Friday, 29 October 2010

The pitfalls of letter design

Merging Japanese and English, or missing out on input from a native-speaker of either language when designing in the other (or at least input from someone au fait with letter-function in design in either), can lead to problems in cross-language design. I think something of the kind happened with the design of the logo of a local kindergarten. I'd seen their liveried van several times and wondered what the name of the school was. I wasn't even sure if the logo was Japanese or English – though the starting "S" seemed to suggest English.

This week I was able to see the name of the school printed below the logo – Shiragiku kindergarten. The logo above reads "SHIrAGIKU", with a lowercase "r". Perhaps the intention was a suggestion of Japanese in English lettering – the former lends itself more to simplified brush strokes. Separating the right-hand vertical stroke of a capital H and shortening an "I" (!) and similarly separating the left-hand upright of the capital K means that you can get an impression of the letter "い" in hiragana (pronounced "ee" – as heard in "shira" and "giku"). Perhaps that was an intention. The lowercase "r" also looks like the Japanese letter "ト" though this time in katakana and unconnected to the sound (which is "toh").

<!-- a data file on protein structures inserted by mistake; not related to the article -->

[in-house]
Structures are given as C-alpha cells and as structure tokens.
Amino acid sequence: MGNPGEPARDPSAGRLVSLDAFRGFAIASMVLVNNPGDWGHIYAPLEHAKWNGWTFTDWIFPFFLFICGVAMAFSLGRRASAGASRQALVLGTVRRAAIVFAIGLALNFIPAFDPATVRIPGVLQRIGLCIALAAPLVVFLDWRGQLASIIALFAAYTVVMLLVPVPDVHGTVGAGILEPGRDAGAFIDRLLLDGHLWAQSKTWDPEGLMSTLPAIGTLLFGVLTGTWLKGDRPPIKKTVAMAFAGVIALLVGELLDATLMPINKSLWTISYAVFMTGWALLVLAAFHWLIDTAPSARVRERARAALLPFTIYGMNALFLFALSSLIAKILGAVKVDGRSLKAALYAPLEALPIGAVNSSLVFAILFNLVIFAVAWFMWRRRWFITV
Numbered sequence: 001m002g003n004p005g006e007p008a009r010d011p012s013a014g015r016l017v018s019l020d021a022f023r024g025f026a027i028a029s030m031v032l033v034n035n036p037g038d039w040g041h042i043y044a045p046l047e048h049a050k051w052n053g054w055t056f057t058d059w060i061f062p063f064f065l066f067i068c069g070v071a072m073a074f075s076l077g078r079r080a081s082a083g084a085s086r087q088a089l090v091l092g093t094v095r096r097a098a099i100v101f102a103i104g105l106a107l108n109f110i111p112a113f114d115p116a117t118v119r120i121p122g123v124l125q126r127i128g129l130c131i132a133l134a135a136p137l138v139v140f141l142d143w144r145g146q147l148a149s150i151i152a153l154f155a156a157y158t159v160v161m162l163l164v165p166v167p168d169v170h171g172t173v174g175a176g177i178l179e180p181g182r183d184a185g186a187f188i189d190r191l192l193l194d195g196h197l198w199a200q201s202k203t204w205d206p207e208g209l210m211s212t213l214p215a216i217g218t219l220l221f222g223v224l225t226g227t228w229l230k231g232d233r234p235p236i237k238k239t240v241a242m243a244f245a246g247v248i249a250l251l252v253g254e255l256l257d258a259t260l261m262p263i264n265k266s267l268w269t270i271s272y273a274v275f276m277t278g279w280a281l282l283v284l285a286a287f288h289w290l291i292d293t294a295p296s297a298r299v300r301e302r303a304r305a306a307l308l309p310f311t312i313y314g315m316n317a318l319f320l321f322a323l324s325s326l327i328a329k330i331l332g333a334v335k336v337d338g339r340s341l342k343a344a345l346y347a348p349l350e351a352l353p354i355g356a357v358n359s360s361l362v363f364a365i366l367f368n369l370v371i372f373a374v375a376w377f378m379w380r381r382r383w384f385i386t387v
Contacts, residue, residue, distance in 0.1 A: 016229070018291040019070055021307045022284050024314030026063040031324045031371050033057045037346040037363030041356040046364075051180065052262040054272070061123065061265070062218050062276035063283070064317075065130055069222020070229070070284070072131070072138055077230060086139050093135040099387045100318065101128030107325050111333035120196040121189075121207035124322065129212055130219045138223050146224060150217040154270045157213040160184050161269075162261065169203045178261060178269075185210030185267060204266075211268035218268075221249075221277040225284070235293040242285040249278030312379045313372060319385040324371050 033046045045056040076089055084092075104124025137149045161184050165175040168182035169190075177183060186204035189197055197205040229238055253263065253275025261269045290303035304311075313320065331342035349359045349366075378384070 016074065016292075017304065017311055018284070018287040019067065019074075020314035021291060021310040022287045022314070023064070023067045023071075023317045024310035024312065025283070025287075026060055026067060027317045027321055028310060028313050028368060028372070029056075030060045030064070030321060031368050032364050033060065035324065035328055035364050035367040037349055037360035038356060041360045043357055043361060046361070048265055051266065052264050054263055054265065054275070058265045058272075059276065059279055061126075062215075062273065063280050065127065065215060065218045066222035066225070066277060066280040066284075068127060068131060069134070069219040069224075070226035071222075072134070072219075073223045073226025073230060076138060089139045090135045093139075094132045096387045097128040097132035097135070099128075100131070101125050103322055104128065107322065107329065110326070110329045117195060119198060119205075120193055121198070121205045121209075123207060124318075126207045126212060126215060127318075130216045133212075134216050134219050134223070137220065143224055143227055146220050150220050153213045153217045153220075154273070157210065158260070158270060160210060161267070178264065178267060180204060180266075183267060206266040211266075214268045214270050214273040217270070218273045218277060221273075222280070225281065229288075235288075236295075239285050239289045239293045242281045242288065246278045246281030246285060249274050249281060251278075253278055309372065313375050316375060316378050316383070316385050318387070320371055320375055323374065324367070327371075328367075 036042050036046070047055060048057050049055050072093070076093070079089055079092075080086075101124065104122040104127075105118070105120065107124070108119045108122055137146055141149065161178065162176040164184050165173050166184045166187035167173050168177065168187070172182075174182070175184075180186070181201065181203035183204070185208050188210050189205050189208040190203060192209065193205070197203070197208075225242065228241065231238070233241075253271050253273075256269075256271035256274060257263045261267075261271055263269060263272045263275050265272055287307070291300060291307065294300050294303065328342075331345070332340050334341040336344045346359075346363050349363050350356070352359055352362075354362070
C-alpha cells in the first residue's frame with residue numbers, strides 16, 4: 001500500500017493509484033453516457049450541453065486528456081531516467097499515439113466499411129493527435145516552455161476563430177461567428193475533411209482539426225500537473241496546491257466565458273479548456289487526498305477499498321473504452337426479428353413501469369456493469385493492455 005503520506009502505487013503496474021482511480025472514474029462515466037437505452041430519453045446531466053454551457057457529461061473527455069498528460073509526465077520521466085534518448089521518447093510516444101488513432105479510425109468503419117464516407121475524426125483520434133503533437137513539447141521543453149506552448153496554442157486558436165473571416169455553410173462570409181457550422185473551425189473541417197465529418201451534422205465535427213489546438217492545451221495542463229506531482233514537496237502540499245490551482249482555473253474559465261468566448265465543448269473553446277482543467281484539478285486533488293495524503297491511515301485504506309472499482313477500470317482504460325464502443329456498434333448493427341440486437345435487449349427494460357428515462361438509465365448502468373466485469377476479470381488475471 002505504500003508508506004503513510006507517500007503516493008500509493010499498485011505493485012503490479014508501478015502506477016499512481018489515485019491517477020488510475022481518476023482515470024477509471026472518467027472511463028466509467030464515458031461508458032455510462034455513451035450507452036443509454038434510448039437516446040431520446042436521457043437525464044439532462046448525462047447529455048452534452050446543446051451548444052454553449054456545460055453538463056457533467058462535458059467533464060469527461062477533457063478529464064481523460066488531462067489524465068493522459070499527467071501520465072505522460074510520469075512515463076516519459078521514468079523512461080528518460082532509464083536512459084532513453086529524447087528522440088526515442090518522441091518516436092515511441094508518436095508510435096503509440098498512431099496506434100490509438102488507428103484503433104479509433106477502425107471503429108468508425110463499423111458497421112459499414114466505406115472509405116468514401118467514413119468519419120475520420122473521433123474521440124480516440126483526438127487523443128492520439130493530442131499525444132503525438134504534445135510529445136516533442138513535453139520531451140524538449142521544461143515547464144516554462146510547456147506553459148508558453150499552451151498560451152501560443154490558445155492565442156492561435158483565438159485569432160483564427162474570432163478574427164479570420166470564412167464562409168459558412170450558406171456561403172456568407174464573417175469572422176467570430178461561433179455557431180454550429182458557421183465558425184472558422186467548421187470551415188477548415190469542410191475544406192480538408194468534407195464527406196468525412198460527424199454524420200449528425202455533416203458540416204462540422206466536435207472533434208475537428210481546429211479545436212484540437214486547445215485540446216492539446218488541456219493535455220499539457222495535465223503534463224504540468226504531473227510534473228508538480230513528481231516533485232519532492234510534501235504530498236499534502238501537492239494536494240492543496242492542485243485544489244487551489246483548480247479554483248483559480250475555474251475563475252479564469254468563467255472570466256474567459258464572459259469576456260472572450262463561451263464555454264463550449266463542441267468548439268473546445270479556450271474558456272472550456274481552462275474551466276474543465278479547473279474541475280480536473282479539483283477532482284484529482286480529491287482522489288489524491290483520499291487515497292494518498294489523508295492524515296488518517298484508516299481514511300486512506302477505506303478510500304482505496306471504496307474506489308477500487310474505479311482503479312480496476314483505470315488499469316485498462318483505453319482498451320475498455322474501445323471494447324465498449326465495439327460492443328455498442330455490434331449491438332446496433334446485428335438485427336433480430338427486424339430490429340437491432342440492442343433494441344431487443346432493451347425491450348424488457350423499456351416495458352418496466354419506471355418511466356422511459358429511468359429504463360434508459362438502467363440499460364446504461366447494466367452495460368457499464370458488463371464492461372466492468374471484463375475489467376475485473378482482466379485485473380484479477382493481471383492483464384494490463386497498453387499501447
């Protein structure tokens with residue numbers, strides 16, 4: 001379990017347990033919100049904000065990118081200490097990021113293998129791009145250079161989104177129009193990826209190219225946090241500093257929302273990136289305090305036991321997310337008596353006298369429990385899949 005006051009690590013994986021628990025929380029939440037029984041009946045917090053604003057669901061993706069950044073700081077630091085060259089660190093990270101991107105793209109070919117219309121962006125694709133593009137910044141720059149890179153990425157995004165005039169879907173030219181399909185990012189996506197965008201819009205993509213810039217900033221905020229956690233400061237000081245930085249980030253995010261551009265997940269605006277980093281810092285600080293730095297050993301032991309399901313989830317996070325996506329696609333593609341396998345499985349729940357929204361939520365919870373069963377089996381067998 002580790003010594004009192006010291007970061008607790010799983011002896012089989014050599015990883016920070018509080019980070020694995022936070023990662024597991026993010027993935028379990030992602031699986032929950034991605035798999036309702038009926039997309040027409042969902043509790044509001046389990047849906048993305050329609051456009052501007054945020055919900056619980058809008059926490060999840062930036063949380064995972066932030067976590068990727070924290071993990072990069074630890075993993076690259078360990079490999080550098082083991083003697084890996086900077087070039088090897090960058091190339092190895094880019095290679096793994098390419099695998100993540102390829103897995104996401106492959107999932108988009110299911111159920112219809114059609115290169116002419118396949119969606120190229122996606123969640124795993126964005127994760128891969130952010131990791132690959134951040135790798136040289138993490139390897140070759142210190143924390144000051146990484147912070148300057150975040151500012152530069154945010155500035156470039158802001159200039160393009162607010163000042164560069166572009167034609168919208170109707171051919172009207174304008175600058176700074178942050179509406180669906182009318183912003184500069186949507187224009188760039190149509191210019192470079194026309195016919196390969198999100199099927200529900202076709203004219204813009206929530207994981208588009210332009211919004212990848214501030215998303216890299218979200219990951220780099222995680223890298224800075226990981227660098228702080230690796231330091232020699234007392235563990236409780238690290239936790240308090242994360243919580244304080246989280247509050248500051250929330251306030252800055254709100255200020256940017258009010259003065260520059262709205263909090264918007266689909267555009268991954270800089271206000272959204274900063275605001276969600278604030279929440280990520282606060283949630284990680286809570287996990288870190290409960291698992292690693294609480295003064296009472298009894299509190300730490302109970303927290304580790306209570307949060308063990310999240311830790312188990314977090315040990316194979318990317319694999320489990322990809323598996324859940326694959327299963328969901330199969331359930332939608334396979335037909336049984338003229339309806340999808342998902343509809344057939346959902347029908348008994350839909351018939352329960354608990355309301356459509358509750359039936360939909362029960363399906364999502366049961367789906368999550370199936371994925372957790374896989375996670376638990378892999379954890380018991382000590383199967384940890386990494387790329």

Unfortunately, it ends up between two stools and illegible in English. A pity, as the school looks bright, well-funded and with excellent priorities (including an emphasis on learning English).

Indeed, perhaps it was a contribution from an encouraged child at the school, or intended to look like that. Or, perhaps finally, just one of the starker warnings I've come across of the dangers facing bilingual designers.

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